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un-building-350-230The United Nations is the one organization with the vision and reach to address the world’s most pressing challenges. When disaster strikes, the world turns to one organization for hope, help, leadership, and coordi­nation: the United Nations. When there is peace to keep between warring factions, the world asks the UN to mobilize peacekeepers, oversee elections, and create stability. In the face of challenges such as climate change, disease or poverty, the United Nations provides the platform for international cooperation.

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UN Updates: October 4, 2016

SG Travels:  This morning in Bern the SG had a working breakfast with the President of the Swiss Confederation, Johann Schneider-Ammann. The SG thanked the President for Switzerland’s support for the work of the UN, including the country’s assistance in hosting a number of peace talks and especially for the Strategic Heritage Plan for the UN’s Geneva headquarters.  They also exchanged views on the issues related to migration and refugees, Syria and Haiti, among other topics. The SG then flew to Strasbourg to speak to the European Parliament as its members approved fast track legislation allowing individual EU member states to deposit their ratification instruments individually to the UN in New York. Afterwards, the SG joined EU President Jean-Claude Juncker, EU Parliament President Martin Schultz and the President of the 21st Conference of Parties and France’s Minister of the Environment, Segolene Royal, at a press briefing. The SG told journalists that he was grateful to the EU for the support and leadership it was displaying for the Paris Agreement.  He said that European Parliamentarians have underscored their commitment to international cooperation, which is at the heart of the EU’s identity. While in Strasbourg, the SGl met with the head of the Council of Europe, Thorbjorn Jagland. And before flying to Brussels, where he arrived just now, the SG was hosted to lunch by the EU Parliament President, Martin Schultz.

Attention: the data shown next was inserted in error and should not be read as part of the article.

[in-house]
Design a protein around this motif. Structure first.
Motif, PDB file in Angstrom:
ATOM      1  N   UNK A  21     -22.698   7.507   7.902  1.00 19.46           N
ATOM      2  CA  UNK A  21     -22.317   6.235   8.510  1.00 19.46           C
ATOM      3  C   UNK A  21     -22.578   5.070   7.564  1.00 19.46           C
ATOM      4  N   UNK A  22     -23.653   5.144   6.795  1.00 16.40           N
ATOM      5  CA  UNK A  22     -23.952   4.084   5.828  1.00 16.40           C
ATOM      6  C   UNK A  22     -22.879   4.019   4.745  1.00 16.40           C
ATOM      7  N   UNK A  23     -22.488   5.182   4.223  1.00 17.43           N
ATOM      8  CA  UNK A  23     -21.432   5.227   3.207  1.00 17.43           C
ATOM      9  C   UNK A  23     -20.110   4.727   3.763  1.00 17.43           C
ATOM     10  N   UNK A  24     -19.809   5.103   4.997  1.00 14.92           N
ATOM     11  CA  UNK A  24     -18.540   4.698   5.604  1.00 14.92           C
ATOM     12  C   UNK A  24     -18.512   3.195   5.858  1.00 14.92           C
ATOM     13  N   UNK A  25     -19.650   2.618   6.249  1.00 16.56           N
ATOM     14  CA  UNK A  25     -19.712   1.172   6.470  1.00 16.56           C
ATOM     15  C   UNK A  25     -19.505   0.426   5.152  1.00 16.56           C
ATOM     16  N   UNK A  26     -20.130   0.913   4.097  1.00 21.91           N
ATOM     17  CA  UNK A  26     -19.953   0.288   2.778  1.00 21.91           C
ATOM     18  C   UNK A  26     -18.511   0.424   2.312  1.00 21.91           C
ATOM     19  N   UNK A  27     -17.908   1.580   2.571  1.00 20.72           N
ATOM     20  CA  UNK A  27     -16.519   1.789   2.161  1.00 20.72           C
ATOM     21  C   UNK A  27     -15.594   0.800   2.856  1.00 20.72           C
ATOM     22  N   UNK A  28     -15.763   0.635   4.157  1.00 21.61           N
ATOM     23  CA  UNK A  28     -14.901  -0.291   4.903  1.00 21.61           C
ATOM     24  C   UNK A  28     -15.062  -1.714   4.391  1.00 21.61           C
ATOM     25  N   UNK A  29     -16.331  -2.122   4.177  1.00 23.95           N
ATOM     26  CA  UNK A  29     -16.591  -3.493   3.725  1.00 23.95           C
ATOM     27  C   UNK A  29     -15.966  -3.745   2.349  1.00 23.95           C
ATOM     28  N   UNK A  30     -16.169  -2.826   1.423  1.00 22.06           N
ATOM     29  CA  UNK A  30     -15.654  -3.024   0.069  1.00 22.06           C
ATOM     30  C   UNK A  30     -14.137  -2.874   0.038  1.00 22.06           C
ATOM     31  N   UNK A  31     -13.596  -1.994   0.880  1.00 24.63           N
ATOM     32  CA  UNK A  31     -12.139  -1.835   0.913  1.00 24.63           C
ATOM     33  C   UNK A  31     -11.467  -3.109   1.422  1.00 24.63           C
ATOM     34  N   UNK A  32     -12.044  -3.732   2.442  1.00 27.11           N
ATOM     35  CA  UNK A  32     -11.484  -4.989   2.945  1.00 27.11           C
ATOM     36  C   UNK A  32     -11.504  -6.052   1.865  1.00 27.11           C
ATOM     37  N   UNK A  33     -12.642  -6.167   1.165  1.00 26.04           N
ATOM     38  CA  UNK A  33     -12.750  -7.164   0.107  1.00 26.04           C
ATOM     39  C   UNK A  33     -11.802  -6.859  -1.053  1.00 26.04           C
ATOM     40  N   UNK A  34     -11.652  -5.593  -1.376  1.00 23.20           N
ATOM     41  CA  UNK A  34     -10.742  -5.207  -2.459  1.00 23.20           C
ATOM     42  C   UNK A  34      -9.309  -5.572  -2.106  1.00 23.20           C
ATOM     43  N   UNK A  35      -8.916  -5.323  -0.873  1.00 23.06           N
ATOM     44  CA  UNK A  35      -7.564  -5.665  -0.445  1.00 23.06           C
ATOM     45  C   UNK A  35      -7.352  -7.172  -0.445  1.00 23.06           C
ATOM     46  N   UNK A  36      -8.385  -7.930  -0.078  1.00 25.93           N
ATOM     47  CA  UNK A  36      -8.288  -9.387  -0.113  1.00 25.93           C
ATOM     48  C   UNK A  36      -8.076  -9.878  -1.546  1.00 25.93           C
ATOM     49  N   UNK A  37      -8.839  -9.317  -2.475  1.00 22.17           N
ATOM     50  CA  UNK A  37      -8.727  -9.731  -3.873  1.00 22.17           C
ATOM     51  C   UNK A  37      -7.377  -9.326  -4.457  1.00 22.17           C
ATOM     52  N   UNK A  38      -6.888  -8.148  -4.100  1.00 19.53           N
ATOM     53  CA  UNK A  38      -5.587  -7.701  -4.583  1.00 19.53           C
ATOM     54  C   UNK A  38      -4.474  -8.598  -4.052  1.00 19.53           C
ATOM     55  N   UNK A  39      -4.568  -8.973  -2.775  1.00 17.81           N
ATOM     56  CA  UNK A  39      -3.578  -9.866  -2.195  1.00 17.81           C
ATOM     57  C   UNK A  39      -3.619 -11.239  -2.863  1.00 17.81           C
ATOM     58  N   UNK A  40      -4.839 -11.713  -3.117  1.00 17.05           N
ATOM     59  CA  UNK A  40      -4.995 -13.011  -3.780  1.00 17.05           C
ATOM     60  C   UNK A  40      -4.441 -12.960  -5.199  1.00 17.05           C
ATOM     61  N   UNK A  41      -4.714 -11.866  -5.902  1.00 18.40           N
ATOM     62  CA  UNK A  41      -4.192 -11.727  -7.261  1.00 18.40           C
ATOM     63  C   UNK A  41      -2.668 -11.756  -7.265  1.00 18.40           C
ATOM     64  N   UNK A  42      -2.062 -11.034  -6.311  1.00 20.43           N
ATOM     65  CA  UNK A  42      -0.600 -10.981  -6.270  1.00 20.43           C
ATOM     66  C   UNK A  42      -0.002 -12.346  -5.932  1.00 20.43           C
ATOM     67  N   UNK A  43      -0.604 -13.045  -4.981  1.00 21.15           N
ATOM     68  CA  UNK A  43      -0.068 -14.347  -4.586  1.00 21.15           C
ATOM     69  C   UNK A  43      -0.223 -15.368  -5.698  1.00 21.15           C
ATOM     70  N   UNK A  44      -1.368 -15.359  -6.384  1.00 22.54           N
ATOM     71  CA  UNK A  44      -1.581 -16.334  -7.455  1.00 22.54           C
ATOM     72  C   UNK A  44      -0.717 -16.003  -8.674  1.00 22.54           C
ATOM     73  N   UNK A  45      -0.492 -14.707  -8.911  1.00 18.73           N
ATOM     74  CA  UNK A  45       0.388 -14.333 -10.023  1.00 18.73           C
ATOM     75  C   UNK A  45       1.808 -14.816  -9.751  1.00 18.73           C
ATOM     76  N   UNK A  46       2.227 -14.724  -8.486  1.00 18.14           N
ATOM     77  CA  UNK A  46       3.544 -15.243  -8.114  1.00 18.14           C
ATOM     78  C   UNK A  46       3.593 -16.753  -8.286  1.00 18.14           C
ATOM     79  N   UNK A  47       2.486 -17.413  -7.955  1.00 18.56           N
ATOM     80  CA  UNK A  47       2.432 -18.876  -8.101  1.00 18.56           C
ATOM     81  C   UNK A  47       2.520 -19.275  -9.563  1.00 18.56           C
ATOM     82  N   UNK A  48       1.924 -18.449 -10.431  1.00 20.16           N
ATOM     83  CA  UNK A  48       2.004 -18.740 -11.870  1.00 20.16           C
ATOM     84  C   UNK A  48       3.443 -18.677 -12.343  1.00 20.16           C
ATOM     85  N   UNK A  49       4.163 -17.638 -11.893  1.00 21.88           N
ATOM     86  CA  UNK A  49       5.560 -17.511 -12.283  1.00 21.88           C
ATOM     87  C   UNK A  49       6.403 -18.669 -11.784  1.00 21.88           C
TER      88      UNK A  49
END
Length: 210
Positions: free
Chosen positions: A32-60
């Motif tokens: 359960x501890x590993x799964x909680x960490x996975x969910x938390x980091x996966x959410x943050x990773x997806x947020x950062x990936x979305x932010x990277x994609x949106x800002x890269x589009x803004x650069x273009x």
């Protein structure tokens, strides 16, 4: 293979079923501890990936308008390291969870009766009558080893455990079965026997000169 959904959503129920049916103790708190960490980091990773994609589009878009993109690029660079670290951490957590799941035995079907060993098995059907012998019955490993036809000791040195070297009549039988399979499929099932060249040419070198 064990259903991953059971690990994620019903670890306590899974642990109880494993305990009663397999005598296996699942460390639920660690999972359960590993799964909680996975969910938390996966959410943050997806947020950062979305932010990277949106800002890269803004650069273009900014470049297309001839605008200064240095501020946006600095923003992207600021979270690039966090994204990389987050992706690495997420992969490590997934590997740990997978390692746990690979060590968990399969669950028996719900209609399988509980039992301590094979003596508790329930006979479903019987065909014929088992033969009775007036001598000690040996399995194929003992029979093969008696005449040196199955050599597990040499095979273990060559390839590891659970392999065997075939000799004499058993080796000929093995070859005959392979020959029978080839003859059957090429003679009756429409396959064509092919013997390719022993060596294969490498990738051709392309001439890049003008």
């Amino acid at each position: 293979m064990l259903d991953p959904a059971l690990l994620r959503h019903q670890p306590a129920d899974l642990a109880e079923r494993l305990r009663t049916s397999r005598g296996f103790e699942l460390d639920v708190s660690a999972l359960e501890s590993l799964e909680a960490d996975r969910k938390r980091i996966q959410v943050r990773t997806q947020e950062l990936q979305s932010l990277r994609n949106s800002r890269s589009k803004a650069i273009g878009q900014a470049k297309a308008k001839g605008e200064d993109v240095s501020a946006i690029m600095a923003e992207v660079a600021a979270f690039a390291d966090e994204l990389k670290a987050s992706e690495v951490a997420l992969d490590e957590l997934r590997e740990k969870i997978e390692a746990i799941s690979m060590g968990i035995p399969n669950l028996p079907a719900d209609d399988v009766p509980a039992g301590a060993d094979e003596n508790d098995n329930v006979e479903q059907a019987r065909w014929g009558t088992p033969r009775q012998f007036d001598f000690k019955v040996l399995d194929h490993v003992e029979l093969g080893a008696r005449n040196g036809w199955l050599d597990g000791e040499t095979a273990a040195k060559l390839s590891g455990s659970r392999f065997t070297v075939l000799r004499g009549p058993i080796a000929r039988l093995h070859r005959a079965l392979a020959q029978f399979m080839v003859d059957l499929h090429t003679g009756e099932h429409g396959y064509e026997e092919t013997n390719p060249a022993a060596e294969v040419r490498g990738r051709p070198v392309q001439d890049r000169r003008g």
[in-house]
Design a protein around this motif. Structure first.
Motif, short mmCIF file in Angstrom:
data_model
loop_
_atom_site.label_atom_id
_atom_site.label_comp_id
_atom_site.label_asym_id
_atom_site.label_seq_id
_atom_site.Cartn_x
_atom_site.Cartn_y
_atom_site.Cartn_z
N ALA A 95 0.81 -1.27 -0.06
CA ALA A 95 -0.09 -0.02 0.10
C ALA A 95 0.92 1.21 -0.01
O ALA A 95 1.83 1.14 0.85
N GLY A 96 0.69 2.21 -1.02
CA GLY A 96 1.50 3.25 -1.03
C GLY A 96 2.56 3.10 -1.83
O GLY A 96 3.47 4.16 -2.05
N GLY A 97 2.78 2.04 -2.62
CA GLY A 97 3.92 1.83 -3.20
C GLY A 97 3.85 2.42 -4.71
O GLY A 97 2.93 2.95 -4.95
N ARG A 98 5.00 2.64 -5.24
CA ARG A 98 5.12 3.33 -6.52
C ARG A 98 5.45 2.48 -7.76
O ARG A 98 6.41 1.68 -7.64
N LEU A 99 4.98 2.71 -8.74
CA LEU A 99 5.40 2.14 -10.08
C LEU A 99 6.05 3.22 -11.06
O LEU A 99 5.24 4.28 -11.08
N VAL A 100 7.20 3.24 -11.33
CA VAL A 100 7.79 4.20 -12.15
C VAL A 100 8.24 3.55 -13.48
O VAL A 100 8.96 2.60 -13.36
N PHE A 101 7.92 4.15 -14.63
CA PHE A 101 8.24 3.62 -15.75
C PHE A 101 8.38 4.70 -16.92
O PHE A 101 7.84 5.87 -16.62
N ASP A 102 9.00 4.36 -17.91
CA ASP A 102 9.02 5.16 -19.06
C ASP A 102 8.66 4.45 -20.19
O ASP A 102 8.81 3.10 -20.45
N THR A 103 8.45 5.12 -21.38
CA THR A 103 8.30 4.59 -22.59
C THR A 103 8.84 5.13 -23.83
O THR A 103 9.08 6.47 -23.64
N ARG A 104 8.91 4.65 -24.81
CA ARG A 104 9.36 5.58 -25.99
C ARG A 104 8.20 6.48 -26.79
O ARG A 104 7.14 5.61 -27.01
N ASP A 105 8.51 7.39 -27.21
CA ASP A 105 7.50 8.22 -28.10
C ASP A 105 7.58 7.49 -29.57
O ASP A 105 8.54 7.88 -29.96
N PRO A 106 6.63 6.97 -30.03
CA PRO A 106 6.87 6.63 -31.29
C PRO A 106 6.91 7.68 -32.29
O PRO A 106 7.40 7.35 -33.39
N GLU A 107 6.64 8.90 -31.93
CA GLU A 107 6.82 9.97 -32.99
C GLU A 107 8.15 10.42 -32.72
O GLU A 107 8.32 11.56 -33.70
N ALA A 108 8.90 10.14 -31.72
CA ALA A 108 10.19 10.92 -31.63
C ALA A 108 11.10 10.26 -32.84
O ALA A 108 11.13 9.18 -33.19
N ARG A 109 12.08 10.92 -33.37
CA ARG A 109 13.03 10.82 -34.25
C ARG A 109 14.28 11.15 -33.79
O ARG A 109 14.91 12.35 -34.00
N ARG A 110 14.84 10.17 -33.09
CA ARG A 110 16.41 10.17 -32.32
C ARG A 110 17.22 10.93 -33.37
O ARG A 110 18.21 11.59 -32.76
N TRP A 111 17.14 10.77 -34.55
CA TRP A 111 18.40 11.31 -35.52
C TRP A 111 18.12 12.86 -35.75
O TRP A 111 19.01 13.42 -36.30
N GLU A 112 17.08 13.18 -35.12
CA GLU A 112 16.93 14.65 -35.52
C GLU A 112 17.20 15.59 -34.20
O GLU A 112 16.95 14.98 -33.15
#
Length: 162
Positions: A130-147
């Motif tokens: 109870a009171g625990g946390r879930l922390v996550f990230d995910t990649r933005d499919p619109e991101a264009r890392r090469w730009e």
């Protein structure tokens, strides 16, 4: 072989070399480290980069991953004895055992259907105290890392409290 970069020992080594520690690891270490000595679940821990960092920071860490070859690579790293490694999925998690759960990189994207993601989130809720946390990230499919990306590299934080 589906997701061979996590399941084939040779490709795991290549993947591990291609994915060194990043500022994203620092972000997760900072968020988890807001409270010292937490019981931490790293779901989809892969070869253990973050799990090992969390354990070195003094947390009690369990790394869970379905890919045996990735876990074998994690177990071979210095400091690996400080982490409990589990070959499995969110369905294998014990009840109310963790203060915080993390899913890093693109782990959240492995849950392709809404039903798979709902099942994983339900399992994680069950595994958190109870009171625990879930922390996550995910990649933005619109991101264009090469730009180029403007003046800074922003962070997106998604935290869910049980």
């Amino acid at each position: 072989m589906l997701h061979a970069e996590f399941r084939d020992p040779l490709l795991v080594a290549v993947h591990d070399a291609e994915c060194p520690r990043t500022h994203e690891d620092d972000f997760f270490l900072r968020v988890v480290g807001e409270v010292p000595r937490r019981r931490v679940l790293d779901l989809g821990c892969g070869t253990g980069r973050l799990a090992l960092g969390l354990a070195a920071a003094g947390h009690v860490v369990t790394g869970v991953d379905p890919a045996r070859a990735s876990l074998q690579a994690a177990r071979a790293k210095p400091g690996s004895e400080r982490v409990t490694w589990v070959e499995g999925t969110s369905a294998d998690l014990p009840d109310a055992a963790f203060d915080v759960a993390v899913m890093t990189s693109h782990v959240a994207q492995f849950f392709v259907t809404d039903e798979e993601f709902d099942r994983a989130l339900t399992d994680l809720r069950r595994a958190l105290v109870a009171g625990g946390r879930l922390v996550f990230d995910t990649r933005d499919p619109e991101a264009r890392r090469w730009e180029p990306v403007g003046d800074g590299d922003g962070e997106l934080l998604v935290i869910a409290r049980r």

Sudan: The Under-Secretary-General for Peacekeeping Operations, Hervé Ladsous, briefed the Security Council this morning on the situation in Darfur. He noted that the security situation remains volatile and the humanitarian impact of the conflict significant. Despite access and reporting restrictions, the UN–African Union Mission in Darfur (UNAMID) remains focused on its objective of protecting civilians and continues to facilitate the delivery of humanitarian assistance, while engaging the parties to immediately cease hostilities. Mr. Ladsous noted that an important step in the peace process had been reached with the signing by all Sudanese parties of the political roadmap proposed by the African Union High-level Implementation Panel. In order to consolidate those gains, he said, the parties should now implement the document and commit to resuming negotiations in order to quickly reach an agreement on a cessation of hostilities and on modalities for humanitarian access to conflict zones.